NEW YORK: President Joe Biden pledged to “do more” to address gun violence and implored Congress to act after a mass shooting in Indianapolis left eight people dead. But his administration, scrambling to respond to a new cycle of violence, rejected calls to appoint a gun czar to more forcefully confront the crisis.
On Friday, Biden called gun violence across the country “a national embarrassment” and urged Senate Republicans to allow a vote on a gun control bill that has already passed the House. “This has to end,” he said. But White House press secretary, Jen Psaki, rejected suggestions that Biden appoint a gun czar, similar to the position he created to address the climate crisis. “I would say that advocates should pressure Republicans in the Senate…and ask them why they are opposing universal background checks,” she said after a reporter suggested that Biden was “passing the buck” by blaming Republicans.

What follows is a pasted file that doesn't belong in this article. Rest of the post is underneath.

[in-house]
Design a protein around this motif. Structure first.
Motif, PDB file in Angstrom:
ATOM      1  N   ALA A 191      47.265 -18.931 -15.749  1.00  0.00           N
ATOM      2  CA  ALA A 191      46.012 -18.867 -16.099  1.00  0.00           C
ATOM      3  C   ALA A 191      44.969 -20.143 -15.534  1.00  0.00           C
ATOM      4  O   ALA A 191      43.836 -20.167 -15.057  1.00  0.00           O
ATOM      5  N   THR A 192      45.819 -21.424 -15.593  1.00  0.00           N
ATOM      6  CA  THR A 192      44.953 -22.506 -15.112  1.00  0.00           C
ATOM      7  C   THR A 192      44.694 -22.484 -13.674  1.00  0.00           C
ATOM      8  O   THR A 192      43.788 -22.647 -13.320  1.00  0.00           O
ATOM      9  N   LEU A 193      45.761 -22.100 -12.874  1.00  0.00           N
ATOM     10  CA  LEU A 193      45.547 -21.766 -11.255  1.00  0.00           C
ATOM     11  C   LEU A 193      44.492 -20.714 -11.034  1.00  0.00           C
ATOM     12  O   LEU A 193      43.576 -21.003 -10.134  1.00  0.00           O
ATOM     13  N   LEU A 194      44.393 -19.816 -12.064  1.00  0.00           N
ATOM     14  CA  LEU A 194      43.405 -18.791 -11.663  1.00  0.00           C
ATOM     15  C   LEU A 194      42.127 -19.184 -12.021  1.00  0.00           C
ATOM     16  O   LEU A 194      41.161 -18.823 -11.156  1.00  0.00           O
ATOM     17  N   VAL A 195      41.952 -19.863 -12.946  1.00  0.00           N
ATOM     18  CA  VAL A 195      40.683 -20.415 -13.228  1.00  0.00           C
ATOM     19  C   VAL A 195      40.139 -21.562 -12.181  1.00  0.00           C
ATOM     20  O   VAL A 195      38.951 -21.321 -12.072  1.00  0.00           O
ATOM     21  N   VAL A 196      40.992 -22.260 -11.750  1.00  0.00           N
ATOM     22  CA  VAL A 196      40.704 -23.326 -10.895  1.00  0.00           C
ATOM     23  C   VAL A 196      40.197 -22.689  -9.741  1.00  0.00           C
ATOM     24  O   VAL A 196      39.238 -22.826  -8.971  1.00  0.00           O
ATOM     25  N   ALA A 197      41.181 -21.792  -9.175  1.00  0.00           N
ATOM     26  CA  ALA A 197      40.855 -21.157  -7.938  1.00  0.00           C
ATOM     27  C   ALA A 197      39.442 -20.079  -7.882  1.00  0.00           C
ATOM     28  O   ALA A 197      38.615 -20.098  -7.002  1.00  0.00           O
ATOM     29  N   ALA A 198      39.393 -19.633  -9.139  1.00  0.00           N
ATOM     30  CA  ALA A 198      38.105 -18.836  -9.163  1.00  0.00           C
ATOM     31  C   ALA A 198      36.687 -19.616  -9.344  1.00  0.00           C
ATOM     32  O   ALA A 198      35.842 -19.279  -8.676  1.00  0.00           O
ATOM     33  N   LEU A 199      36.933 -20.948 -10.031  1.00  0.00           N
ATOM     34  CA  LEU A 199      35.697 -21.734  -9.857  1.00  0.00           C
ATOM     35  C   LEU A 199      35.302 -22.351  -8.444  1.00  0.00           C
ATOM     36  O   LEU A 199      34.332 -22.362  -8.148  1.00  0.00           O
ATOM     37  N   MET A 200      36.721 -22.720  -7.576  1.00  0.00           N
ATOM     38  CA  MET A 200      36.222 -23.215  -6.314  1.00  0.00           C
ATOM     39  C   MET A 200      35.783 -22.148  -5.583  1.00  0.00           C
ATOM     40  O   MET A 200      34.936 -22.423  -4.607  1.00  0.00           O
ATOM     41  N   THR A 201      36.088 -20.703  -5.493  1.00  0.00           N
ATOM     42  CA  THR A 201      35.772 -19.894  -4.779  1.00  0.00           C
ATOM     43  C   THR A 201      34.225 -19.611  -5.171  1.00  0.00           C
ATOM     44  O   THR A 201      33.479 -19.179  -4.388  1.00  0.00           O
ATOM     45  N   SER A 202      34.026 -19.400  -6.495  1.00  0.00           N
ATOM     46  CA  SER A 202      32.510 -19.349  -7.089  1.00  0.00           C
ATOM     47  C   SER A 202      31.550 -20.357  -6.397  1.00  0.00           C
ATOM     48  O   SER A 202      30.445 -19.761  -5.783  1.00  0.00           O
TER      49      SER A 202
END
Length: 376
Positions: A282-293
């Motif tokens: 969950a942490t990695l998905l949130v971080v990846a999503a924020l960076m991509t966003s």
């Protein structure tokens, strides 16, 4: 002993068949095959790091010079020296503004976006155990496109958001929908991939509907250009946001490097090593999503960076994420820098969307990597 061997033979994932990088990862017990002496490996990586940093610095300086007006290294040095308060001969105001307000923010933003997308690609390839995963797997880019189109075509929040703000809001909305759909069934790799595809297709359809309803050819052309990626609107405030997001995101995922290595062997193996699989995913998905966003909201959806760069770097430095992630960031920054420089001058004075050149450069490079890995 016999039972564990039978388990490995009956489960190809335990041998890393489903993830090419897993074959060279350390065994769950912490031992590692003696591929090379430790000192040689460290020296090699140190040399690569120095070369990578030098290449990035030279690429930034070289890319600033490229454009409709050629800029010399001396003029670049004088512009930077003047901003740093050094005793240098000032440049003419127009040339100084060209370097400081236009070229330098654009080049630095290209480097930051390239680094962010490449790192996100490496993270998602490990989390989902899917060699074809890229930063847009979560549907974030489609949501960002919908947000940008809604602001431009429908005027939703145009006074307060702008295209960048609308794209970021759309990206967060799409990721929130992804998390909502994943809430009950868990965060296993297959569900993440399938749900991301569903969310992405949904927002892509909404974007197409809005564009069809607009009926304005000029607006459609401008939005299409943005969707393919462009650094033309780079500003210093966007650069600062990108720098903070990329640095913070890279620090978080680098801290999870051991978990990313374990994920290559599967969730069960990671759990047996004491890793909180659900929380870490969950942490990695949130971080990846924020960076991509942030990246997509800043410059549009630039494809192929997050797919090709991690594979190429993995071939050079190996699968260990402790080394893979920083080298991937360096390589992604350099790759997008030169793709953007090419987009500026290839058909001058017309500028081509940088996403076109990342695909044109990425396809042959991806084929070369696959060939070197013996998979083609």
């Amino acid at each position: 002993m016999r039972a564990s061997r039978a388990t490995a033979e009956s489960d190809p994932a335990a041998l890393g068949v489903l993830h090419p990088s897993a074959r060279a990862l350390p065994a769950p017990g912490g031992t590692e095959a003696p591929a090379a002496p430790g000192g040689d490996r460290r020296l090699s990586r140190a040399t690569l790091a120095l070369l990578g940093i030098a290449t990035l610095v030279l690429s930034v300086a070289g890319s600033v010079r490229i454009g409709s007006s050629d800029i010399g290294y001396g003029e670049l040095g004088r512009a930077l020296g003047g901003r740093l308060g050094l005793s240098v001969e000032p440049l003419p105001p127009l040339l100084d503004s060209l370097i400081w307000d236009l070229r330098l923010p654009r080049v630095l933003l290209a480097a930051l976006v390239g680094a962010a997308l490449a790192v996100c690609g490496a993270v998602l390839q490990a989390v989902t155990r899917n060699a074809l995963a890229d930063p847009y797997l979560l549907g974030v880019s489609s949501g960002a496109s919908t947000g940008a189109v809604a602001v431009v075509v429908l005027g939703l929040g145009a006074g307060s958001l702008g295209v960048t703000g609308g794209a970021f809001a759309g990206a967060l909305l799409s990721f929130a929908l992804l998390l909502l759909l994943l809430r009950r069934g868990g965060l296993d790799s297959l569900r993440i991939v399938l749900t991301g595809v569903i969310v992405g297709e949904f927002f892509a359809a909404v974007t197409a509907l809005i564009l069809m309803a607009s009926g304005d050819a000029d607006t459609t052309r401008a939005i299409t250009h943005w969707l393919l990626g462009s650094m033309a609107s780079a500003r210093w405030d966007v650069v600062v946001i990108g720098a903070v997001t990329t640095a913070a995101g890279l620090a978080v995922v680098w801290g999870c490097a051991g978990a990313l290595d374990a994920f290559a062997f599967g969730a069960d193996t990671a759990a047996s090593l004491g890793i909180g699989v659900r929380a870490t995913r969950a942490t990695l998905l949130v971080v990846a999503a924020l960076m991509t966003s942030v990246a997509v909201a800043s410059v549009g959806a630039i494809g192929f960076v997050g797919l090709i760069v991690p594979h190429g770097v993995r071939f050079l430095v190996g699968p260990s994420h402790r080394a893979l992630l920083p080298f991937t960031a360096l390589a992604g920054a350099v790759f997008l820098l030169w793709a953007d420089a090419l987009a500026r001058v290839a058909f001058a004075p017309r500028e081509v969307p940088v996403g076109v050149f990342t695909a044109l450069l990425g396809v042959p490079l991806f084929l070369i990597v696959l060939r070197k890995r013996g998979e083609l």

The attack, in which four Sikhs were killed, was another blow to the Asian American community a month after six people of Asian descent were killed in a mass shooting. The motive of Indianapolis shooter, 19-year-old Brandon Hole, was unclear.
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